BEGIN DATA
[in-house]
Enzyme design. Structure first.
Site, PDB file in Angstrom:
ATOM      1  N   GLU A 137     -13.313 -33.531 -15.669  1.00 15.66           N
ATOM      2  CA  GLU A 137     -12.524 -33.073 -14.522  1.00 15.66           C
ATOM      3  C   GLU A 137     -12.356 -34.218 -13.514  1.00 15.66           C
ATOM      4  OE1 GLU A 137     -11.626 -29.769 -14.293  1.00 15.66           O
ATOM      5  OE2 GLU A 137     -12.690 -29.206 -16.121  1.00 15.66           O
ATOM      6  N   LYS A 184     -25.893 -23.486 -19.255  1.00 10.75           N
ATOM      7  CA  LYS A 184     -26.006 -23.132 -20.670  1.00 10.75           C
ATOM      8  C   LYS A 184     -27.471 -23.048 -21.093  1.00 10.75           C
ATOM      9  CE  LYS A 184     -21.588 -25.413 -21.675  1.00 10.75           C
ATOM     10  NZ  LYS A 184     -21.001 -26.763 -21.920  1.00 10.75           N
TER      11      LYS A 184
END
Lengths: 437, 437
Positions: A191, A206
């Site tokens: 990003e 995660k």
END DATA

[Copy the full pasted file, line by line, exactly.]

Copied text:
[in-house]
Enzyme design. Structure first.
Site, PDB file in Angstrom:
ATOM      1  N   GLU A 137     -13.313 -33.531 -15.669  1.00 15.66           N
ATOM      2  CA  GLU A 137     -12.524 -33.073 -14.522  1.00 15.66           C
ATOM      3  C   GLU A 137     -12.356 -34.218 -13.514  1.00 15.66           C
ATOM      4  OE1 GLU A 137     -11.626 -29.769 -14.293  1.00 15.66           O
ATOM      5  OE2 GLU A 137     -12.690 -29.206 -16.121  1.00 15.66           O
ATOM      6  N   LYS A 184     -25.893 -23.486 -19.255  1.00 10.75           N
ATOM      7  CA  LYS A 184     -26.006 -23.132 -20.670  1.00 10.75           C
ATOM      8  C   LYS A 184     -27.471 -23.048 -21.093  1.00 10.75           C
ATOM      9  CE  LYS A 184     -21.588 -25.413 -21.675  1.00 10.75           C
ATOM     10  NZ  LYS A 184     -21.001 -26.763 -21.920  1.00 10.75           N
TER      11      LYS A 184
END
Lengths: 437, 437
Positions: A191, A206
């Site tokens: 990003e 995660k």